While it’s unclear when and where first animation ever came to life, the concept of storytelling has been around for centuries. Let’s look at the history of animation
From shadow puppetry in about 200 A.D., to the magic lantern in the 1650s, the first real image projector — telling a story through motion has been happening forever.
But it was in 1832 when the Phénakisticope was invented by Joseph Plateau that the first widespread animation device came into place. Using the persistence of vision principle, it created a fluent illusion of motion. When multiple images blend into a single moving image in the brain it’s called persistence of vision. See below.
In 1834, William George Horner created a similar motion picture projector, putting the drawings inside of a drum that turned in a circular fashion. This was one of the biggest innovations that laid the foundation for projecting film. Horner originally named it the Daedatelum, or “wheel of the devil” but French inventor, Pierre Desvignes, renamed his own version after the Greek word for “things that turn,” or the Zoetrope.
These early feats of animation carved out the path for the animation we know today. And if we want to get specific about who really had the biggest hand in its birth, we should take a look at the “Father of Animation” himself...or themselves?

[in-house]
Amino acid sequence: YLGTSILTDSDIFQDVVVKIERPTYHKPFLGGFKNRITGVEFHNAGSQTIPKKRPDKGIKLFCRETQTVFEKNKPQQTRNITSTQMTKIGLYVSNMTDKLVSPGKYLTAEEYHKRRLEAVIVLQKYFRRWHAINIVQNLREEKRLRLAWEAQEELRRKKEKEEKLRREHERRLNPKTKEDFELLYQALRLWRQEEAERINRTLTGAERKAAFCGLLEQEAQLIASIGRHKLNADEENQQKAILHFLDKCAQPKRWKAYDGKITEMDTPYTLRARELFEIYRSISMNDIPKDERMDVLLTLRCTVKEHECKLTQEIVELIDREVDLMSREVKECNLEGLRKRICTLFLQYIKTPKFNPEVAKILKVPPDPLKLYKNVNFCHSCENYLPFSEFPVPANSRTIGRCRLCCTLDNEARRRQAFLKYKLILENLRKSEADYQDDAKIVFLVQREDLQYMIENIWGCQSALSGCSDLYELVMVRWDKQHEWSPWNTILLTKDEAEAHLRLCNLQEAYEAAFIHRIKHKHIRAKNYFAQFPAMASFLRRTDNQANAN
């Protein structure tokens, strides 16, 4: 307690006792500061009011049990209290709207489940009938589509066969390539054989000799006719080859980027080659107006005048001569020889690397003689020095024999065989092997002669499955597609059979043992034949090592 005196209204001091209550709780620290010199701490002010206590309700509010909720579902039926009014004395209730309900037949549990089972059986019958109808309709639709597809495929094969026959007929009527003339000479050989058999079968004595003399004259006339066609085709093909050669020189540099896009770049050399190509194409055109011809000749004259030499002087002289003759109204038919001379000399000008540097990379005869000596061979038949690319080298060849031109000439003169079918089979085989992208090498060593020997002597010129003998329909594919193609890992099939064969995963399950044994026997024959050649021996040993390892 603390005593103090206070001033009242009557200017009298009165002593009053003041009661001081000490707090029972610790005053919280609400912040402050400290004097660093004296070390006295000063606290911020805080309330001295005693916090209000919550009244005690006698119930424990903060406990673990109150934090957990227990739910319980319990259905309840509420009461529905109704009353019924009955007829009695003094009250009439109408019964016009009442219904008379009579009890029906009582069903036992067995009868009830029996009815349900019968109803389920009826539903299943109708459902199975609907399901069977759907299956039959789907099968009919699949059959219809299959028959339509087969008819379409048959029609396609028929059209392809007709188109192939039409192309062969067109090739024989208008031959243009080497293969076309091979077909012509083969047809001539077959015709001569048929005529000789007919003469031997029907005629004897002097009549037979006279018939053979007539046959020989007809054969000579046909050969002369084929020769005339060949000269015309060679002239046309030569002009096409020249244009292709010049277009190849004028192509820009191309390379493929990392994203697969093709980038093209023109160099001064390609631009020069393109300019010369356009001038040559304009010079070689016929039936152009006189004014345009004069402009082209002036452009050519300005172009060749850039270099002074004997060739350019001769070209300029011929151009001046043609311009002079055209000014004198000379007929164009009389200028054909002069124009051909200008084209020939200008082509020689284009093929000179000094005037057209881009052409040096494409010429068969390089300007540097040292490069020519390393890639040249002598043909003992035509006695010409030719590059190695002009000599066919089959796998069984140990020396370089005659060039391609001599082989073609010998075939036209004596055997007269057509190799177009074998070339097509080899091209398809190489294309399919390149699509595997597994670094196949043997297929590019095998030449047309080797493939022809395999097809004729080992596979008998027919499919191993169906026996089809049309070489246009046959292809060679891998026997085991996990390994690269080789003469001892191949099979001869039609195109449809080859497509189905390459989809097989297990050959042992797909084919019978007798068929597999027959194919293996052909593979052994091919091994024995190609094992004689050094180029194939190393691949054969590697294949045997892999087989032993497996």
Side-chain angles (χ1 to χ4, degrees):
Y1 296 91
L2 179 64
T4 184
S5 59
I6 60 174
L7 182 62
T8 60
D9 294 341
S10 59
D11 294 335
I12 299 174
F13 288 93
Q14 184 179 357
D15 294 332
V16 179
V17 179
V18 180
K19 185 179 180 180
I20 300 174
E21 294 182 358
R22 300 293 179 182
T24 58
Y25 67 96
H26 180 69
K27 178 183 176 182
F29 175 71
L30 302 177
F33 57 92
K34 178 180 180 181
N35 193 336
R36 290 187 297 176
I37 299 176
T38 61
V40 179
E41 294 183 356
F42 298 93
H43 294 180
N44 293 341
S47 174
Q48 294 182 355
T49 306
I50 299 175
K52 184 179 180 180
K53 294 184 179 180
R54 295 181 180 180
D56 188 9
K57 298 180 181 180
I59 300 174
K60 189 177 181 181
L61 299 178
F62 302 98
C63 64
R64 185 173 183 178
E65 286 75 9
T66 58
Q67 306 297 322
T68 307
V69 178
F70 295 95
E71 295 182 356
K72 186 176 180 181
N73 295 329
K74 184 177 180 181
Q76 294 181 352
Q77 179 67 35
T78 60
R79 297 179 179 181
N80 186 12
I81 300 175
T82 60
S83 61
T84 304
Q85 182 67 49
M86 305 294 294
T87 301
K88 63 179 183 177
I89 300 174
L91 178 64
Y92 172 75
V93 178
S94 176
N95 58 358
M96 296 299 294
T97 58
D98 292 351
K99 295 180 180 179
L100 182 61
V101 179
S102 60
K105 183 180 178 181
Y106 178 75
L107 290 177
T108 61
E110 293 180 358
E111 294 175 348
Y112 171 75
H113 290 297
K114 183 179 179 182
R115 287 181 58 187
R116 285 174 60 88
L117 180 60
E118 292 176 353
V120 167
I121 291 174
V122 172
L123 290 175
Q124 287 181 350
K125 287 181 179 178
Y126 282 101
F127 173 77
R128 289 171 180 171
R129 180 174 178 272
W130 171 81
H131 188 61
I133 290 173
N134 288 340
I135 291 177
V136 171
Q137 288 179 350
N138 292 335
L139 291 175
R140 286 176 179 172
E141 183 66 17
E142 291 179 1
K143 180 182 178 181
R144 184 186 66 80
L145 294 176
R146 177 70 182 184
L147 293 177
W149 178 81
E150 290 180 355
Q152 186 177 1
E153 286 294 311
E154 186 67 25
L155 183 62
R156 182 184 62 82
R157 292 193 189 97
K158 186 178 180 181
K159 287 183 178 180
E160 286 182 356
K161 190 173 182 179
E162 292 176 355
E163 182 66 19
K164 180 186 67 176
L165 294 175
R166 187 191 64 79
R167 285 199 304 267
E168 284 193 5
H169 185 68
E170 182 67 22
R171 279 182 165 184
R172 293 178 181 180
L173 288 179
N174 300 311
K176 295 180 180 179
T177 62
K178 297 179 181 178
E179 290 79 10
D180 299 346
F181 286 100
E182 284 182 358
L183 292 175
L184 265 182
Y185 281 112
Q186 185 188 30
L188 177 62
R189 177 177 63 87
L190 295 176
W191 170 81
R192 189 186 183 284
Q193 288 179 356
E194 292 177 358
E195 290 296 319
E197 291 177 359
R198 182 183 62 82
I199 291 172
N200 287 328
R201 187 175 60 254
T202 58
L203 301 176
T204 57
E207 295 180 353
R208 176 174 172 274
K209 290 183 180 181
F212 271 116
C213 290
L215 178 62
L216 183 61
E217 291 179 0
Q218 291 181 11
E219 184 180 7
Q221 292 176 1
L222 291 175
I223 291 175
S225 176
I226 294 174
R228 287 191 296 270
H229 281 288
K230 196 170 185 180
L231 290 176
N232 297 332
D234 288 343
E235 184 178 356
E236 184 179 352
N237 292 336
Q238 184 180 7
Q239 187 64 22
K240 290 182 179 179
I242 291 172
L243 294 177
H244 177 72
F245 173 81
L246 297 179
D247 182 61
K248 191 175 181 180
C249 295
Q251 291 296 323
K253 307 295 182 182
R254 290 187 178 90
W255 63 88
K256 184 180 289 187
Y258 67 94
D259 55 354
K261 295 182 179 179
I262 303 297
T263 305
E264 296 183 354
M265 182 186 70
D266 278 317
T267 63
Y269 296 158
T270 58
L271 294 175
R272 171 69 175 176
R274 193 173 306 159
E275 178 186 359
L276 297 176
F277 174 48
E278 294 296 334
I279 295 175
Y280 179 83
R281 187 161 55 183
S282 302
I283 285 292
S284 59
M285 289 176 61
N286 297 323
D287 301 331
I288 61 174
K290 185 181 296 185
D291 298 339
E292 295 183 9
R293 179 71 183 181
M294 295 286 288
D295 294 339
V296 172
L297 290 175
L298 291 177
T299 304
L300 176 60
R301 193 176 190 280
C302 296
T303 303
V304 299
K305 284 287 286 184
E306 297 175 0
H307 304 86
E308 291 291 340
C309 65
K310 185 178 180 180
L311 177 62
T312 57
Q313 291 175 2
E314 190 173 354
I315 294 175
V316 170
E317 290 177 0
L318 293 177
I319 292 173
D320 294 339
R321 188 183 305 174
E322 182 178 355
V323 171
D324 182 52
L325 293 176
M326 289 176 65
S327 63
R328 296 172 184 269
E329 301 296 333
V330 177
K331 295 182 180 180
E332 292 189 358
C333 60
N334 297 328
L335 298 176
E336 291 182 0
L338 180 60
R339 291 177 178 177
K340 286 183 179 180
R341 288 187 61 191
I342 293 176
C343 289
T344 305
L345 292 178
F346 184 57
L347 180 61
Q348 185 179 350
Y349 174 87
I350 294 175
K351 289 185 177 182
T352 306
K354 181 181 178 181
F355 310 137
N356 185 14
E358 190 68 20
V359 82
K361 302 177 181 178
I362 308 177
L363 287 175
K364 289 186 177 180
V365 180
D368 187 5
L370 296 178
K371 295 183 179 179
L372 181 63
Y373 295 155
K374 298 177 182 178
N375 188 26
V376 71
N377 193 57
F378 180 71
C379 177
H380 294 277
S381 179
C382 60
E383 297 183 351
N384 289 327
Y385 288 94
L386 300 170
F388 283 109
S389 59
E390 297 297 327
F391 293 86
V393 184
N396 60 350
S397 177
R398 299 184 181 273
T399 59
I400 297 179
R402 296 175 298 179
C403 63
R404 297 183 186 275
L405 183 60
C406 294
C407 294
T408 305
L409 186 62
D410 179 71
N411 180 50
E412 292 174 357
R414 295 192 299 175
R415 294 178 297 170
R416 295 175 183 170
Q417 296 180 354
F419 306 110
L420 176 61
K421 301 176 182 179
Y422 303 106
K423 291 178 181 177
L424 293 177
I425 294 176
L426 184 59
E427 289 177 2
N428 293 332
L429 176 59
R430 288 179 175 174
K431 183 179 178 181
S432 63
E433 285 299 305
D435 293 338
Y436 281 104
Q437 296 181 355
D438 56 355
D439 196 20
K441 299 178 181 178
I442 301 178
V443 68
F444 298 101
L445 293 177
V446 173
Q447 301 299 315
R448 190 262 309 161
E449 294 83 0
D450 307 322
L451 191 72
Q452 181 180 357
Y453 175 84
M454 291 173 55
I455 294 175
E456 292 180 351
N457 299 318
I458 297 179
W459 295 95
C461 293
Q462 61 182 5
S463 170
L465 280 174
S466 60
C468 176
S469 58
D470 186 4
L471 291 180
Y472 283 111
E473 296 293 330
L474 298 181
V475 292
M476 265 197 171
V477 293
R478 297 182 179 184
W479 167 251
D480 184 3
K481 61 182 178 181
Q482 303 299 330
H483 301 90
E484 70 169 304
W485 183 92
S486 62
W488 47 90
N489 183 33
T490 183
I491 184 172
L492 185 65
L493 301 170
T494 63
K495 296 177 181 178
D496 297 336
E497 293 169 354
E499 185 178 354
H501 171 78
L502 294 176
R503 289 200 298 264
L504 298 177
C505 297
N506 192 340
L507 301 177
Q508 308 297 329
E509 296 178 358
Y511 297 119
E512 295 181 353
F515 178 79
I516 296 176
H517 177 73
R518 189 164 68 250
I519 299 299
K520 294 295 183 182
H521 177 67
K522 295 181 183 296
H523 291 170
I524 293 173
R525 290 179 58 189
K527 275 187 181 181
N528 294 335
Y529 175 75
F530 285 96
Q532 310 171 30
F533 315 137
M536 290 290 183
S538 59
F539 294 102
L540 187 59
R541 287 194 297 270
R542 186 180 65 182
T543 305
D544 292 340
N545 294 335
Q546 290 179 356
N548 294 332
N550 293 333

The Father(s) of Animation
The history of animation tells us that many different people were involved in creating animation. There even seem to be two “first animation ever” examples.
The Father of American animation is James Stuart Blackton. Though a British filmmaker, Blackton created the first animation in America and was one of the first to use the stop motion technique.In 1900, he is credited for creating the first-ever animated film called The Enchanted Drawing.
In 1906, he went on to create a silent film where drawings on a blackboard are captured using film at 20 frames per second. He called it, Humorous Phases of Funny Faces.